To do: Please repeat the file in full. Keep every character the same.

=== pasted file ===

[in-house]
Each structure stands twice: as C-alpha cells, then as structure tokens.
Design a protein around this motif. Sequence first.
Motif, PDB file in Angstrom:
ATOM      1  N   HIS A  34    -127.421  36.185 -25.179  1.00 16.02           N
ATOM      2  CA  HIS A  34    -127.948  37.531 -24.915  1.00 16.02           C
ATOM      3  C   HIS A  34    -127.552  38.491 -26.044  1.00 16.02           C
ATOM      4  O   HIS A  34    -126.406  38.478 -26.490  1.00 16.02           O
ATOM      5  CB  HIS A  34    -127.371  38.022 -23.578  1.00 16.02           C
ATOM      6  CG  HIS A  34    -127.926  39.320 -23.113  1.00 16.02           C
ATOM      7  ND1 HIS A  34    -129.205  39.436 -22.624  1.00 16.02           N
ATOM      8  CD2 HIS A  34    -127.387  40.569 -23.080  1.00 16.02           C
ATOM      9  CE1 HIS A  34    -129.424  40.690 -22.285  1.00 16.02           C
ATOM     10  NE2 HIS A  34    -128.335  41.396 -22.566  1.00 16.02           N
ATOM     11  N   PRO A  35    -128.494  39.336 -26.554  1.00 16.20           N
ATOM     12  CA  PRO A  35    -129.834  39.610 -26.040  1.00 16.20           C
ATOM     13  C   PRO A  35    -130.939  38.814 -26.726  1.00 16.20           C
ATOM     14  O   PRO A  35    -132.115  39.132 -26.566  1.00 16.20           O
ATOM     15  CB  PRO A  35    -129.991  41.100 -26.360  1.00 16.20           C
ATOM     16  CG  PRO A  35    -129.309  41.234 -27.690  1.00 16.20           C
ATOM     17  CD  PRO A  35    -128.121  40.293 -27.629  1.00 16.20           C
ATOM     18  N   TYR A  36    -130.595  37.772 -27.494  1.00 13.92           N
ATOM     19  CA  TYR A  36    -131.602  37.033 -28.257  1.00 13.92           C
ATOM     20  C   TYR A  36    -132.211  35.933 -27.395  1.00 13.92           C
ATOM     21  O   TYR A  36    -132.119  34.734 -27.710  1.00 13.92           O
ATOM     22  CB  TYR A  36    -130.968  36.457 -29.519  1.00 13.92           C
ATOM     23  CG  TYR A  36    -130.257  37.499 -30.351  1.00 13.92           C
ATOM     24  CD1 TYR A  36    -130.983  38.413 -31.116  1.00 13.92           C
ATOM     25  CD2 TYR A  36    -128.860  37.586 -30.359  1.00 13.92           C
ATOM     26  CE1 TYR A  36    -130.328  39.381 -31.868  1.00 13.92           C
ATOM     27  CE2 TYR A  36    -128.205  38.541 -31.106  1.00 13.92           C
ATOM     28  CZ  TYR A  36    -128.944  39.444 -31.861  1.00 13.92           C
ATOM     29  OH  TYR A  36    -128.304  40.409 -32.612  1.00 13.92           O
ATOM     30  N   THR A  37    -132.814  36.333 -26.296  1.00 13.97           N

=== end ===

[in-house]
Each structure stands twice: as C-alpha cells, then as structure tokens.
Design a protein around this motif. Sequence first.
Motif, PDB file in Angstrom:
ATOM      1  N   HIS A  34    -127.421  36.185 -25.179  1.00 16.02           N
ATOM      2  CA  HIS A  34    -127.948  37.531 -24.915  1.00 16.02           C
ATOM      3  C   HIS A  34    -127.552  38.491 -26.044  1.00 16.02           C
ATOM      4  O   HIS A  34    -126.406  38.478 -26.490  1.00 16.02           O
ATOM      5  CB  HIS A  34    -127.371  38.022 -23.578  1.00 16.02           C
ATOM      6  CG  HIS A  34    -127.926  39.320 -23.113  1.00 16.02           C
ATOM      7  ND1 HIS A  34    -129.205  39.436 -22.624  1.00 16.02           N
ATOM      8  CD2 HIS A  34    -127.387  40.569 -23.080  1.00 16.02           C
ATOM      9  CE1 HIS A  34    -129.424  40.690 -22.285  1.00 16.02           C
ATOM     10  NE2 HIS A  34    -128.335  41.396 -22.566  1.00 16.02           N
ATOM     11  N   PRO A  35    -128.494  39.336 -26.554  1.00 16.20           N
ATOM     12  CA  PRO A  35    -129.834  39.610 -26.040  1.00 16.20           C
ATOM     13  C   PRO A  35    -130.939  38.814 -26.726  1.00 16.20           C
ATOM     14  O   PRO A  35    -132.115  39.132 -26.566  1.00 16.20           O
ATOM     15  CB  PRO A  35    -129.991  41.100 -26.360  1.00 16.20           C
ATOM     16  CG  PRO A  35    -129.309  41.234 -27.690  1.00 16.20           C
ATOM     17  CD  PRO A  35    -128.121  40.293 -27.629  1.00 16.20           C
ATOM     18  N   TYR A  36    -130.595  37.772 -27.494  1.00 13.92           N
ATOM     19  CA  TYR A  36    -131.602  37.033 -28.257  1.00 13.92           C
ATOM     20  C   TYR A  36    -132.211  35.933 -27.395  1.00 13.92           C
ATOM     21  O   TYR A  36    -132.119  34.734 -27.710  1.00 13.92           O
ATOM     22  CB  TYR A  36    -130.968  36.457 -29.519  1.00 13.92           C
ATOM     23  CG  TYR A  36    -130.257  37.499 -30.351  1.00 13.92           C
ATOM     24  CD1 TYR A  36    -130.983  38.413 -31.116  1.00 13.92           C
ATOM     25  CD2 TYR A  36    -128.860  37.586 -30.359  1.00 13.92           C
ATOM     26  CE1 TYR A  36    -130.328  39.381 -31.868  1.00 13.92           C
ATOM     27  CE2 TYR A  36    -128.205  38.541 -31.106  1.00 13.92           C
ATOM     28  CZ  TYR A  36    -128.944  39.444 -31.861  1.00 13.92           C
ATOM     29  OH  TYR A  36    -128.304  40.409 -32.612  1.00 13.92           O
ATOM     30  N   THR A  37    -132.814  36.333 -26.296  1.00 13.97           N